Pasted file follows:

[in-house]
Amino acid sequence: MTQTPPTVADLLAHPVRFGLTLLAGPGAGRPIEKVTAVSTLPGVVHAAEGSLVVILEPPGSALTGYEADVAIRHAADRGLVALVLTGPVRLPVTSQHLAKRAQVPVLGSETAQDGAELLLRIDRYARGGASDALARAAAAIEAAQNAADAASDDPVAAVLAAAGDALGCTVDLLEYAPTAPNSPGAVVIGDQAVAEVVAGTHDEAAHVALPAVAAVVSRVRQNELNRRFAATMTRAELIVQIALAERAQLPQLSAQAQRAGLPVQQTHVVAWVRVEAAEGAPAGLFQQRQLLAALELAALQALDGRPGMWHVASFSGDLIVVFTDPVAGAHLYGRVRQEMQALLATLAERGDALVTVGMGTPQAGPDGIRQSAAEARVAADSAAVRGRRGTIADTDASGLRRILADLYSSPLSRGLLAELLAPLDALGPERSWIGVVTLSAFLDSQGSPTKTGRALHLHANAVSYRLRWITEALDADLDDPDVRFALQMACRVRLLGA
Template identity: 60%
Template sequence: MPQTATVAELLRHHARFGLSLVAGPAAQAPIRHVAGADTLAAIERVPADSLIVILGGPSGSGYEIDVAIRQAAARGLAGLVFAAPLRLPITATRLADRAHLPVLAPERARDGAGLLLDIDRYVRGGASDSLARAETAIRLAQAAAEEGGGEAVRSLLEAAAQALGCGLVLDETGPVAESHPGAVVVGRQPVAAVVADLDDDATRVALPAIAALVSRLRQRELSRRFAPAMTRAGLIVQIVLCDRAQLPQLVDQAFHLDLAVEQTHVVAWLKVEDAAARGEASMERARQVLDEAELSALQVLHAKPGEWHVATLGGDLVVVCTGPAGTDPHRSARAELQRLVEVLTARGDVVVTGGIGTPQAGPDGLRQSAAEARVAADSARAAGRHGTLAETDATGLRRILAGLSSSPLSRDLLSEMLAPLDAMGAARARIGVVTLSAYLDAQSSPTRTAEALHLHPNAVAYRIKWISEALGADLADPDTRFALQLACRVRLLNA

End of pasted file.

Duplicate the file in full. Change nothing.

[in-house]
Amino acid sequence: MTQTPPTVADLLAHPVRFGLTLLAGPGAGRPIEKVTAVSTLPGVVHAAEGSLVVILEPPGSALTGYEADVAIRHAADRGLVALVLTGPVRLPVTSQHLAKRAQVPVLGSETAQDGAELLLRIDRYARGGASDALARAAAAIEAAQNAADAASDDPVAAVLAAAGDALGCTVDLLEYAPTAPNSPGAVVIGDQAVAEVVAGTHDEAAHVALPAVAAVVSRVRQNELNRRFAATMTRAELIVQIALAERAQLPQLSAQAQRAGLPVQQTHVVAWVRVEAAEGAPAGLFQQRQLLAALELAALQALDGRPGMWHVASFSGDLIVVFTDPVAGAHLYGRVRQEMQALLATLAERGDALVTVGMGTPQAGPDGIRQSAAEARVAADSAAVRGRRGTIADTDASGLRRILADLYSSPLSRGLLAELLAPLDALGPERSWIGVVTLSAFLDSQGSPTKTGRALHLHANAVSYRLRWITEALDADLDDPDVRFALQMACRVRLLGA
Template identity: 60%
Template sequence: MPQTATVAELLRHHARFGLSLVAGPAAQAPIRHVAGADTLAAIERVPADSLIVILGGPSGSGYEIDVAIRQAAARGLAGLVFAAPLRLPITATRLADRAHLPVLAPERARDGAGLLLDIDRYVRGGASDSLARAETAIRLAQAAAEEGGGEAVRSLLEAAAQALGCGLVLDETGPVAESHPGAVVVGRQPVAAVVADLDDDATRVALPAIAALVSRLRQRELSRRFAPAMTRAGLIVQIVLCDRAQLPQLVDQAFHLDLAVEQTHVVAWLKVEDAAARGEASMERARQVLDEAELSALQVLHAKPGEWHVATLGGDLVVVCTGPAGTDPHRSARAELQRLVEVLTARGDVVVTGGIGTPQAGPDGLRQSAAEARVAADSARAAGRHGTLAETDATGLRRILAGLSSSPLSRDLLSEMLAPLDAMGAARARIGVVTLSAYLDAQSSPTRTAEALHLHPNAVAYRIKWISEALGADLADPDTRFALQLACRVRLLNA